Fairfield's kids can breathe a little easier now. And Thomas Cullen has the documentation to prove it. Fairfield Public Schools received two awards recently from the state for improving indoor air quality.
"[The schools] are just getting better and better every day," said Cullen, director of operations for the schools.
The district earned the state's Great Start and Leadership awards for the federal Environmental Protection Agency's Tools for Schools program. In 2005, the state Department of Public Health challenged school systems to improve the air quality inside its buildings.
Fairfield started with a wave of renovations to bring each school up to date. Central administration then established teams at each school made up of the principal, custodian, nurse, teachers and parents. These committees meet monthly to go over complaints. They then tour the school, looking for problems with ventilation systems, furnaces and other things that can be handled through preventative maintenance.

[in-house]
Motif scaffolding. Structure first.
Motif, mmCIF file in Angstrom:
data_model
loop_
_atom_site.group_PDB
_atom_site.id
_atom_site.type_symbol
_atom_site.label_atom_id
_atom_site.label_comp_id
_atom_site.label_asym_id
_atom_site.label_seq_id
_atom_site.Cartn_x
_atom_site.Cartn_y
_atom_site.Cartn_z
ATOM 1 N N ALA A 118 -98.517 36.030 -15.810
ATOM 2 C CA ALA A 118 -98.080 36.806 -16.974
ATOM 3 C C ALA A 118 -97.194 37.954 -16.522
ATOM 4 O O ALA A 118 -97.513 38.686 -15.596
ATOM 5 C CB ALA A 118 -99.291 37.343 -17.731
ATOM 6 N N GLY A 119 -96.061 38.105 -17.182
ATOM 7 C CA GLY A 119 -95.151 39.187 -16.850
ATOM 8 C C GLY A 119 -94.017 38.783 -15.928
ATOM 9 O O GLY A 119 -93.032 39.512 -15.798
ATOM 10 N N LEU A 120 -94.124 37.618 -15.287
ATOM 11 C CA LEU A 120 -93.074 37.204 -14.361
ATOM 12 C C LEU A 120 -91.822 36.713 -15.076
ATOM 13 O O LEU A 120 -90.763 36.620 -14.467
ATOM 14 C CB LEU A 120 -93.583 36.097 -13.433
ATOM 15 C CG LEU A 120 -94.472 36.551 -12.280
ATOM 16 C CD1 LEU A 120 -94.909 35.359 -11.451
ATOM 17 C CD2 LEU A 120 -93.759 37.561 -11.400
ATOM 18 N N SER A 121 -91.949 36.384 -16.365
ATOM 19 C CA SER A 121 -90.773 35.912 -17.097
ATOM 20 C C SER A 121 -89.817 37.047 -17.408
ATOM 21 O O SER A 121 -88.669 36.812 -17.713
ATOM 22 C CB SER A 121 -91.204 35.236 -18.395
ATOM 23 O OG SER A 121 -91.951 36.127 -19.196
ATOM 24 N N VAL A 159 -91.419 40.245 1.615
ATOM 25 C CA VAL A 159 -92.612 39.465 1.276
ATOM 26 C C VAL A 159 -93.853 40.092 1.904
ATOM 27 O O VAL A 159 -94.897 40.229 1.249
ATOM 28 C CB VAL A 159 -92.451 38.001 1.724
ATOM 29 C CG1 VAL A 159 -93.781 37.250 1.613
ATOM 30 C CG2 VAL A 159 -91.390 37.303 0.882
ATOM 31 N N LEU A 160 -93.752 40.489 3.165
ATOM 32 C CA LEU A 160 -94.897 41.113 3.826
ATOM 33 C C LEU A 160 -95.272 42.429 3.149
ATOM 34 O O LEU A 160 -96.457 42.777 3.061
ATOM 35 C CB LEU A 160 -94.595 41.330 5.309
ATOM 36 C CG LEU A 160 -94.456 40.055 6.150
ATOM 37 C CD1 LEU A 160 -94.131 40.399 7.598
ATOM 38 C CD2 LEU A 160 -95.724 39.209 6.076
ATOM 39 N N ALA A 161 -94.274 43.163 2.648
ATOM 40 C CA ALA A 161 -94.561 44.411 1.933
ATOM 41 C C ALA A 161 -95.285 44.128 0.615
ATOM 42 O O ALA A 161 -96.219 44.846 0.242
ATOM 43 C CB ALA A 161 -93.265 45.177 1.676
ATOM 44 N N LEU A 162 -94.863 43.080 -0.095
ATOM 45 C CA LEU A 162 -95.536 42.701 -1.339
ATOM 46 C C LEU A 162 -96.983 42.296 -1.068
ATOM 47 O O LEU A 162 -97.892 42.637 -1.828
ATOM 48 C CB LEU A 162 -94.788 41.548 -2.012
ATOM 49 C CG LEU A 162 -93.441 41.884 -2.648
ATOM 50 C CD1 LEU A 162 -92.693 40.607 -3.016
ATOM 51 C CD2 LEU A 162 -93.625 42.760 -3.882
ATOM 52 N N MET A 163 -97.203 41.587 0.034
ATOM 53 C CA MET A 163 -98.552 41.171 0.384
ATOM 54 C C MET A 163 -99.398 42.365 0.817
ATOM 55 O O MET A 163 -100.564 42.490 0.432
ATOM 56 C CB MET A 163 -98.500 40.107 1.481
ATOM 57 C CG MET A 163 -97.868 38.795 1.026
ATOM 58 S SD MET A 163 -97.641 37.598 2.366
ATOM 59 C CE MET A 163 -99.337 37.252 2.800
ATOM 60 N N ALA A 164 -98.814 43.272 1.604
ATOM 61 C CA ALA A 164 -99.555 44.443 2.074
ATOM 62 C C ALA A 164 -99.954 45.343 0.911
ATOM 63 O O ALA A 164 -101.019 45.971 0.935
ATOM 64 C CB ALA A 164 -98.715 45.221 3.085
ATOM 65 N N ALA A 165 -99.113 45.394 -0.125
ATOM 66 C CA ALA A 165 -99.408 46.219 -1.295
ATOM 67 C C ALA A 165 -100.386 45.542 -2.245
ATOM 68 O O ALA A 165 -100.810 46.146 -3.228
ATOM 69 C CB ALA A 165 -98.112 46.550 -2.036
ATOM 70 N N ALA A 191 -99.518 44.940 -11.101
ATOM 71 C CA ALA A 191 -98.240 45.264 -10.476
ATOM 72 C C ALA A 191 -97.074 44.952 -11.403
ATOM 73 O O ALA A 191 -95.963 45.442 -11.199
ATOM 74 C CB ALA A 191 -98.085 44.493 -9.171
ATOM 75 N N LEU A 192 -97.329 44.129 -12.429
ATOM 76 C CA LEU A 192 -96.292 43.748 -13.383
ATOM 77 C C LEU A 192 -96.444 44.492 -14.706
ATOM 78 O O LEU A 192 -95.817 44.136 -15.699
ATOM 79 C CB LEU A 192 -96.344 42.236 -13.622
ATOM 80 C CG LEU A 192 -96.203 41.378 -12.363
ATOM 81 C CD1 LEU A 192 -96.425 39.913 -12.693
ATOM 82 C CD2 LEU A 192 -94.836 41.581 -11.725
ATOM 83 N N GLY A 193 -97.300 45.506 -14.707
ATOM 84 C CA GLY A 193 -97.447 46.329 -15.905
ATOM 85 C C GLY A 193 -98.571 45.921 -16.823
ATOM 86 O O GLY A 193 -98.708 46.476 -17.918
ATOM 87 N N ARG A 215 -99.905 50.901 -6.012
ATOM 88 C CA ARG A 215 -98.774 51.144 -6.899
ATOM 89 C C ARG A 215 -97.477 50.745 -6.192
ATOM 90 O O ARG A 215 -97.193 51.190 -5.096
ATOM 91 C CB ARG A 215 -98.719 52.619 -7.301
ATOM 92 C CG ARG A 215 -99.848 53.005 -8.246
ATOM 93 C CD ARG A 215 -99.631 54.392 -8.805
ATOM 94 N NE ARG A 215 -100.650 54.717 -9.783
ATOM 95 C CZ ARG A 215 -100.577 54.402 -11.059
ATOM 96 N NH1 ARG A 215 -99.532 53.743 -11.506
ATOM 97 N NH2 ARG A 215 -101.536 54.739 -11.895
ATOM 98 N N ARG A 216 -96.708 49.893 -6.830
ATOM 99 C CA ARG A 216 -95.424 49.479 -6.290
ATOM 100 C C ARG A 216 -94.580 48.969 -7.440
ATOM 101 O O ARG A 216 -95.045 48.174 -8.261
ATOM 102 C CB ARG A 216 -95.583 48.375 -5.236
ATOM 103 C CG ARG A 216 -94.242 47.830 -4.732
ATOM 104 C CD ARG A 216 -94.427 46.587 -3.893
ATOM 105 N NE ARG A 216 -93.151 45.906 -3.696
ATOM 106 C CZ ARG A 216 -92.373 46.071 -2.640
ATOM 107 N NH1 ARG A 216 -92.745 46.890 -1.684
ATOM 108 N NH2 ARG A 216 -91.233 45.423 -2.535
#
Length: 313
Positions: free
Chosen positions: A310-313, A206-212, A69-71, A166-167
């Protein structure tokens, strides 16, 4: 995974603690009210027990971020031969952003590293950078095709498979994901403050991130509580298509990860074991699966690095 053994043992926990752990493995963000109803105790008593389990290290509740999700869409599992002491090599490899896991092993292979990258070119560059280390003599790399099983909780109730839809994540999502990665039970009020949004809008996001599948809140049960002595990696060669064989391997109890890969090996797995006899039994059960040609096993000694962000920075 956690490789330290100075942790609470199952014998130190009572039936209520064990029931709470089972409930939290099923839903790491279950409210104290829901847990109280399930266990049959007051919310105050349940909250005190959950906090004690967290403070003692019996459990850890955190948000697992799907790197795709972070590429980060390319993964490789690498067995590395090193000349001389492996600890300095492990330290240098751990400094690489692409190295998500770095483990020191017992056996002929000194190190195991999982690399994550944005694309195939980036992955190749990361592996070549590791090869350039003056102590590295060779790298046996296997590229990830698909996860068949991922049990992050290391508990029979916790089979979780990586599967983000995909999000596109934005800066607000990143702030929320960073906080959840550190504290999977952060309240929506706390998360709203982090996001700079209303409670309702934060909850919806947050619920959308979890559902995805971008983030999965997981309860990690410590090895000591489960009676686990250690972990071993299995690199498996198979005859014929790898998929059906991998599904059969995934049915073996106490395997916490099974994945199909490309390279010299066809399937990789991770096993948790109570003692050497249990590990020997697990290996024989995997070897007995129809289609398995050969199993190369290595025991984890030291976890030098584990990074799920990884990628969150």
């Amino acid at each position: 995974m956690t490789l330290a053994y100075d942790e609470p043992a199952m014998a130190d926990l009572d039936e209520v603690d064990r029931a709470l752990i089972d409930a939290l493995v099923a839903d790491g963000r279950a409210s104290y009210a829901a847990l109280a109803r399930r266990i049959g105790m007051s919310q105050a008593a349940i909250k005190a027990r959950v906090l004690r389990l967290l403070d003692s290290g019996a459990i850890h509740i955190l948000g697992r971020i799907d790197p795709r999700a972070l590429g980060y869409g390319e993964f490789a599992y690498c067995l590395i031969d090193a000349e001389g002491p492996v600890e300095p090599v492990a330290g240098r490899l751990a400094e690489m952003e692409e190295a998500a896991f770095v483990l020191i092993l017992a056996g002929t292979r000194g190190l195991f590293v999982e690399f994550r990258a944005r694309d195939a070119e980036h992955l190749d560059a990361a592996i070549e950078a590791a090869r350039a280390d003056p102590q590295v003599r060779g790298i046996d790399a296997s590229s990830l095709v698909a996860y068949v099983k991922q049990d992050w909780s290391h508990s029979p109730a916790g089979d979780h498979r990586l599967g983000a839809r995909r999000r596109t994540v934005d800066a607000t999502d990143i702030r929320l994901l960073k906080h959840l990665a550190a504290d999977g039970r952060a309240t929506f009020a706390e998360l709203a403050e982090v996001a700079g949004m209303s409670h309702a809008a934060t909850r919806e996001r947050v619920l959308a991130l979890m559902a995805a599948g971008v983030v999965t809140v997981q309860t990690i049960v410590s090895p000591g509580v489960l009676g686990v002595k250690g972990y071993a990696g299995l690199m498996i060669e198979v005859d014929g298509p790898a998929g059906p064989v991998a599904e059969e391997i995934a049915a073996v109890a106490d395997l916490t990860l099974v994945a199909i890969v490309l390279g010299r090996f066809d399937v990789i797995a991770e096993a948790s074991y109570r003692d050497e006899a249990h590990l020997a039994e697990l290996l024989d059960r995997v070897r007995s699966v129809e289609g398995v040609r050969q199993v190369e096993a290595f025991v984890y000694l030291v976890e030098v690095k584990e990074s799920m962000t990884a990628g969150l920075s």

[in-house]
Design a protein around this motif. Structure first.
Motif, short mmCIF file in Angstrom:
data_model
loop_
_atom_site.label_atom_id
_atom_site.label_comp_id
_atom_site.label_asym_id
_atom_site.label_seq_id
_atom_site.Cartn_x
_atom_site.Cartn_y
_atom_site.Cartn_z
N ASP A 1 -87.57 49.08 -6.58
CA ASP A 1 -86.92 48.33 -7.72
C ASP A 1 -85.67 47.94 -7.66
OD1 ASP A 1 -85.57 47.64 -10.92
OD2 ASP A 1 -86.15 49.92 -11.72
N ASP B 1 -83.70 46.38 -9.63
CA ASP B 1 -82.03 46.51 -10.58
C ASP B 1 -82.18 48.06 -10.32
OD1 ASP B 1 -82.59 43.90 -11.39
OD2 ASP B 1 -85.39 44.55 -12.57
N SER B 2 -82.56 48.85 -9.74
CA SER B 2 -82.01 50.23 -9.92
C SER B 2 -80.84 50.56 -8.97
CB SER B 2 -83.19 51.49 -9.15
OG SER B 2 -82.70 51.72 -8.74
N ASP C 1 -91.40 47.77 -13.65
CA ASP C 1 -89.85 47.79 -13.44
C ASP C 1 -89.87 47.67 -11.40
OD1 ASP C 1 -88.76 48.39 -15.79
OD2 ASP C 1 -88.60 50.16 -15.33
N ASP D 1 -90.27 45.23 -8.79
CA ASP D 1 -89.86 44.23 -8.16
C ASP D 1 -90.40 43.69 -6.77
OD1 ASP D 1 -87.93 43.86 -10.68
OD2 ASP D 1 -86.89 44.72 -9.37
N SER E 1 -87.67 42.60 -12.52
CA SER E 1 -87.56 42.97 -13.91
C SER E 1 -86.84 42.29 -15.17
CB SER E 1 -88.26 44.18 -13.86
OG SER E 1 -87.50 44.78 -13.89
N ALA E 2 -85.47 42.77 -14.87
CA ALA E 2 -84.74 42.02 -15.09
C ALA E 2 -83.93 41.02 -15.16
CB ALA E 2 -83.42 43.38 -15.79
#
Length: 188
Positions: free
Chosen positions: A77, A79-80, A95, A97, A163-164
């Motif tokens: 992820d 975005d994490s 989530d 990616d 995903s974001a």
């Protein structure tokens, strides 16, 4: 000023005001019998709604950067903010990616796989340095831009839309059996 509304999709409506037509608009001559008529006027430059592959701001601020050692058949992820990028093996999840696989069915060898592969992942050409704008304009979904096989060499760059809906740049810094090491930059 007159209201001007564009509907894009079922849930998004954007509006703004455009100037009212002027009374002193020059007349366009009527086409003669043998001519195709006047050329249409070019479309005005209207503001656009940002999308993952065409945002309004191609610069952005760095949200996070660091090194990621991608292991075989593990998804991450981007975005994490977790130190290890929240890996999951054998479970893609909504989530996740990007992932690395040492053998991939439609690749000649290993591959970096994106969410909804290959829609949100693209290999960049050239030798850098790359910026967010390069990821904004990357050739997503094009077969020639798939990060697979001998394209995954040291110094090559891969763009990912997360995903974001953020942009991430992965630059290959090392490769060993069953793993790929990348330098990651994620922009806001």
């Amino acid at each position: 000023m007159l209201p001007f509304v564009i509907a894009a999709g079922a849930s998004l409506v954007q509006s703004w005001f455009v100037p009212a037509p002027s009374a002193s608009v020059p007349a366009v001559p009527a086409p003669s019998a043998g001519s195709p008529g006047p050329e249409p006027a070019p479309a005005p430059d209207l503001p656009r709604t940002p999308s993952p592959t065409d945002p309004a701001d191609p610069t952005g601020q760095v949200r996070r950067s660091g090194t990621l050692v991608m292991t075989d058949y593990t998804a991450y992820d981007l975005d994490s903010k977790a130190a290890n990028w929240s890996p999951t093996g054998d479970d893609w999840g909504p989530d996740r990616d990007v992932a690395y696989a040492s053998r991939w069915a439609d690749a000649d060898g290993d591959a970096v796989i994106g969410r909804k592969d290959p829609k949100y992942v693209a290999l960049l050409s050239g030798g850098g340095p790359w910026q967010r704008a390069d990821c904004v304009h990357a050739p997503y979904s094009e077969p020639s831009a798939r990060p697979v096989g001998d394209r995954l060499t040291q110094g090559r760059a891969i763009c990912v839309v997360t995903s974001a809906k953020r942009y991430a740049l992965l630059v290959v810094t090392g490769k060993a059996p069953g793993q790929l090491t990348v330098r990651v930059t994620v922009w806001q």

"We can't be in the schools every day, every minute," Cullen says. "They know the school, they come there every day. So [the team] is the eyes, ears and nose of the facility."
The town's commitment to air quality extends to its school buses. Two years ago, Fairfield bought two natural gas-burning buses, replacing old diesel engines. With the help of state grants, those buses cost the same as regular vehicles. The district outfitted the remaining buses with diesel particulate filters, making their emissions "100 percent cleaner."
And with construction under way at many schools, the district is making sure no debris gets into the air. For example, all renovation sites must have negative air pressure, so all fine particles are pushed outside the building.
Cullen says his office received 38 complaints about air quality in 2003-04, his first year on the job. By 2009-10, the number dropped to six.
"We've got the community involved, which is always good," he says. "[The program] is building up, and it's getting stronger and stronger."